Clearance rates of 60-85+% are normal, providing patients undertake the entire course of treatment
How long do you need to use Efudix?
About three to six weeks. Be guided by your treating dermatologist. Solar keratosis- actinic keratosis treatment, is about three weeks, whilst superficial Bowen disease treatment is about six weeks (dependent on site).
My most frequently prescribed course is pulsed therapy, typically after lasers or PDT.
How to apply Efudix cream?
Prepare by washing the area with water. You can use a basic cleanser like Cetaphil, QV wash or LRP Effaclar.
- Apply a thin layer to the area with your fingertips
- Wait 20 minutes before SPF application (for the am application)
- Don’t let cream come in contact with your eyes
- Protect skin folds with Vaseline (use a cotton bud to apply)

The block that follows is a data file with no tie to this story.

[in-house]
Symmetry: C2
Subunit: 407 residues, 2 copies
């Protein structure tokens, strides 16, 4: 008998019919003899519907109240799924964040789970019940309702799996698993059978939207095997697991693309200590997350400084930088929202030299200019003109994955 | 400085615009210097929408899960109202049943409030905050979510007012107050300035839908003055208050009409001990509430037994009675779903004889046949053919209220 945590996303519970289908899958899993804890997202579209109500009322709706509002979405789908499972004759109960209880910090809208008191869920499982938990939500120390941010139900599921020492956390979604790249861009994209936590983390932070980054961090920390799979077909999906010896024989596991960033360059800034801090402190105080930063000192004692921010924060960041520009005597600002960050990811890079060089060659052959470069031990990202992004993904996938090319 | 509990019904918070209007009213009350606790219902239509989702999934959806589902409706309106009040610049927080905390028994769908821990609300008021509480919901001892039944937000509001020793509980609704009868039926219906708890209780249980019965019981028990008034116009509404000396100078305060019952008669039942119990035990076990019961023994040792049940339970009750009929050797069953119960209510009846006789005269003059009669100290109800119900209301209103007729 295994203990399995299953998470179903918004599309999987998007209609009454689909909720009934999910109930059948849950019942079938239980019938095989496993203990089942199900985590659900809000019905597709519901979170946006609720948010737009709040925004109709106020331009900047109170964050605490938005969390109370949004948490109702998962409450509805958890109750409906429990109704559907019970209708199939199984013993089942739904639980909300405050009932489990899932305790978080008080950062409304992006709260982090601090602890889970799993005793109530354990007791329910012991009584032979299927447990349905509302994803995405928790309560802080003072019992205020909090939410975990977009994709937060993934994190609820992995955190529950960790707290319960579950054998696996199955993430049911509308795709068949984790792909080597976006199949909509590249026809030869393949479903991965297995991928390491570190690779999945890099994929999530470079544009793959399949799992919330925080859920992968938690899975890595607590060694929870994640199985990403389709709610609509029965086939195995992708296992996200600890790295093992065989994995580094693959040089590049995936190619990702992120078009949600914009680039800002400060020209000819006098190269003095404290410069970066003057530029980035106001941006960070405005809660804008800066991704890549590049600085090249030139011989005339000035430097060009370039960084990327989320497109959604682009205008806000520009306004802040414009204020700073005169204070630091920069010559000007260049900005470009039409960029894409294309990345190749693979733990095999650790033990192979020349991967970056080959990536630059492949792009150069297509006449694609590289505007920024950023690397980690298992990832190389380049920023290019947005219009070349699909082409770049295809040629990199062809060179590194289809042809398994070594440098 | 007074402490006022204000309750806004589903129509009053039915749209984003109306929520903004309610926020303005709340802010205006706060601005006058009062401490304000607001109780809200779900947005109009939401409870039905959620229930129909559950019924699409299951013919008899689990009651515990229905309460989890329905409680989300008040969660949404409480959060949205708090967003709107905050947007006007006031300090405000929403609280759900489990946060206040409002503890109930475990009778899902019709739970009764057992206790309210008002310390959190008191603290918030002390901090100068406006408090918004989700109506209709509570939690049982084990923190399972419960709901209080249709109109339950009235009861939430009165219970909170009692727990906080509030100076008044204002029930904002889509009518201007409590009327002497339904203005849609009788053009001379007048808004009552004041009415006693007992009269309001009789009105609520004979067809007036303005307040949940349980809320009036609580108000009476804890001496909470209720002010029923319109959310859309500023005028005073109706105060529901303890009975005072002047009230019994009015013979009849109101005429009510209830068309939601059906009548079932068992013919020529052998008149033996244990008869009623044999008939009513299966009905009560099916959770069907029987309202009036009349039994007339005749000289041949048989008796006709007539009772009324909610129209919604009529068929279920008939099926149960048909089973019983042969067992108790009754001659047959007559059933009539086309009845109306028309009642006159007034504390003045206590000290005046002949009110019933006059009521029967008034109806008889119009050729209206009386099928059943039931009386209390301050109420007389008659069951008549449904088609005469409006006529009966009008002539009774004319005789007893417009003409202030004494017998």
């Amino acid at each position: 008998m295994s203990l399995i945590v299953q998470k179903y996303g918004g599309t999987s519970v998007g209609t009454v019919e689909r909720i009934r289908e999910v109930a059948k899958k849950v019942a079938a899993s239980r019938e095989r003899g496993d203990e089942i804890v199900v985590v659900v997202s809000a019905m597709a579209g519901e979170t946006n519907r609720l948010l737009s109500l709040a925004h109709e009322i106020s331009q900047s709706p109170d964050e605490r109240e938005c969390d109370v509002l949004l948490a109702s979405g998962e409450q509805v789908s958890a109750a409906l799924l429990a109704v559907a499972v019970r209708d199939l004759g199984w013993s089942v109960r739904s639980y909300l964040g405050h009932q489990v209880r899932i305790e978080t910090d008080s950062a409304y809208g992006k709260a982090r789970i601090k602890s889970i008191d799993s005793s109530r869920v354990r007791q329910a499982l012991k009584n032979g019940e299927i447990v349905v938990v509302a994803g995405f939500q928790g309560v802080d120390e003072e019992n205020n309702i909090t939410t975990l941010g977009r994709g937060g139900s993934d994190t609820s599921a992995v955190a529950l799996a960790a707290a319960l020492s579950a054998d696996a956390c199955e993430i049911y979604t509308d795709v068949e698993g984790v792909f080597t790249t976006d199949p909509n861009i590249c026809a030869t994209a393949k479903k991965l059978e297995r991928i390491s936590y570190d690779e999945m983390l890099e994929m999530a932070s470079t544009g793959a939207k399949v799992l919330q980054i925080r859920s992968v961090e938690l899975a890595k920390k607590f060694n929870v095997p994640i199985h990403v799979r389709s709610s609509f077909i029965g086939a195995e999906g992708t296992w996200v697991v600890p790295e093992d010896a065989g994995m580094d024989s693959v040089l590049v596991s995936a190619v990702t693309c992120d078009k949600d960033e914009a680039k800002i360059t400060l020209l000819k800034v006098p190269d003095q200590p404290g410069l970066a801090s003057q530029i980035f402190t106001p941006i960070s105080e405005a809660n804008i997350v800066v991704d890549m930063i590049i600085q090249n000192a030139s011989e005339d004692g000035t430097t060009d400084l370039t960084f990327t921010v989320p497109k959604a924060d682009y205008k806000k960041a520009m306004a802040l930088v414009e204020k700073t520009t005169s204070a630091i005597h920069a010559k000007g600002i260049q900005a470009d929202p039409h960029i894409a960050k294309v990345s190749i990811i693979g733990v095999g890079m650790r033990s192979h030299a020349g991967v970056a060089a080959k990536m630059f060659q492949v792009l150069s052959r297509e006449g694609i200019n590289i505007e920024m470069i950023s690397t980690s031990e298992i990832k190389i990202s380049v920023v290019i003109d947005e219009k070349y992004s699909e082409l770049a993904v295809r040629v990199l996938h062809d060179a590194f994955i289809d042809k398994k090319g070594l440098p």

- For evening application, use it after a shower at least 1 hour before bedtime
- Duration of treatment will be discussed by your treating dermatologist
- Sun protection is mandatory for the duration of treatment
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How do you know if it is working?
Trust me, you will know. Efudix kicks in at around 5 days. Your treated area will start to scale & become red & itchy. This usually increases in severity and peaks at week 2 to 3. In most cases there will be a spill over reaction, meaning other non-affected areas are red & irritated. This is most likely due to your nighttime application as Efudex is smudged on your pillow.
Are treatment breaks allowed on Efudix?